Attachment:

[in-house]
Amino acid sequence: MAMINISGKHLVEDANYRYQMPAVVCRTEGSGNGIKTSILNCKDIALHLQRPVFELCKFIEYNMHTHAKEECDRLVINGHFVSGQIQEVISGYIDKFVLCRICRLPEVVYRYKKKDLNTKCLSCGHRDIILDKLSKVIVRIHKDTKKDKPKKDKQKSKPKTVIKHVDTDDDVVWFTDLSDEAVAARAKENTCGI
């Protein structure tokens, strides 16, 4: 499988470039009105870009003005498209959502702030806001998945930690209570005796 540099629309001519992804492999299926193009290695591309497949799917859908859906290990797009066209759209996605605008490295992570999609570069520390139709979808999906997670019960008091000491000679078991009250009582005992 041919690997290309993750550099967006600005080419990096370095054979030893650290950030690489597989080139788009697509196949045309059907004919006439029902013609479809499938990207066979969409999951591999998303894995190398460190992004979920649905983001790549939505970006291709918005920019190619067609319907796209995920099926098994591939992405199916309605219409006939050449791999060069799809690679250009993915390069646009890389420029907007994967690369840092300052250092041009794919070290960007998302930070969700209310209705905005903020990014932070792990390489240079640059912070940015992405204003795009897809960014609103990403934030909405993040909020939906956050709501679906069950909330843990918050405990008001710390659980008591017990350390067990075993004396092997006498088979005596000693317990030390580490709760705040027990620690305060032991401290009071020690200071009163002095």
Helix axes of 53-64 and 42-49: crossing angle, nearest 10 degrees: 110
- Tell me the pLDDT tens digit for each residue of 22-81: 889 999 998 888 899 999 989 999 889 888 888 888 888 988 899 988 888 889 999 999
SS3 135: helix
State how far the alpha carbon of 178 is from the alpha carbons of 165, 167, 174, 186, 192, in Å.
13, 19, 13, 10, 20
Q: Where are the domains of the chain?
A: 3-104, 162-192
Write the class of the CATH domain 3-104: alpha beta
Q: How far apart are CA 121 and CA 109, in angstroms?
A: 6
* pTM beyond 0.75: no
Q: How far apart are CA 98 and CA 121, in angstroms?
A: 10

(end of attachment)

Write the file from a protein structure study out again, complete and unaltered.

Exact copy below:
[in-house]
Amino acid sequence: MAMINISGKHLVEDANYRYQMPAVVCRTEGSGNGIKTSILNCKDIALHLQRPVFELCKFIEYNMHTHAKEECDRLVINGHFVSGQIQEVISGYIDKFVLCRICRLPEVVYRYKKKDLNTKCLSCGHRDIILDKLSKVIVRIHKDTKKDKPKKDKQKSKPKTVIKHVDTDDDVVWFTDLSDEAVAARAKENTCGI
């Protein structure tokens, strides 16, 4: 499988470039009105870009003005498209959502702030806001998945930690209570005796 540099629309001519992804492999299926193009290695591309497949799917859908859906290990797009066209759209996605605008490295992570999609570069520390139709979808999906997670019960008091000491000679078991009250009582005992 041919690997290309993750550099967006600005080419990096370095054979030893650290950030690489597989080139788009697509196949045309059907004919006439029902013609479809499938990207066979969409999951591999998303894995190398460190992004979920649905983001790549939505970006291709918005920019190619067609319907796209995920099926098994591939992405199916309605219409006939050449791999060069799809690679250009993915390069646009890389420029907007994967690369840092300052250092041009794919070290960007998302930070969700209310209705905005903020990014932070792990390489240079640059912070940015992405204003795009897809960014609103990403934030909405993040909020939906956050709501679906069950909330843990918050405990008001710390659980008591017990350390067990075993004396092997006498088979005596000693317990030390580490709760705040027990620690305060032991401290009071020690200071009163002095």
Helix axes of 53-64 and 42-49: crossing angle, nearest 10 degrees: 110
- Tell me the pLDDT tens digit for each residue of 22-81: 889 999 998 888 899 999 989 999 889 888 888 888 888 988 899 988 888 889 999 999
SS3 135: helix
State how far the alpha carbon of 178 is from the alpha carbons of 165, 167, 174, 186, 192, in Å.
13, 19, 13, 10, 20
Q: Where are the domains of the chain?
A: 3-104, 162-192
Write the class of the CATH domain 3-104: alpha beta
Q: How far apart are CA 121 and CA 109, in angstroms?
A: 6
* pTM beyond 0.75: no
Q: How far apart are CA 98 and CA 121, in angstroms?
A: 10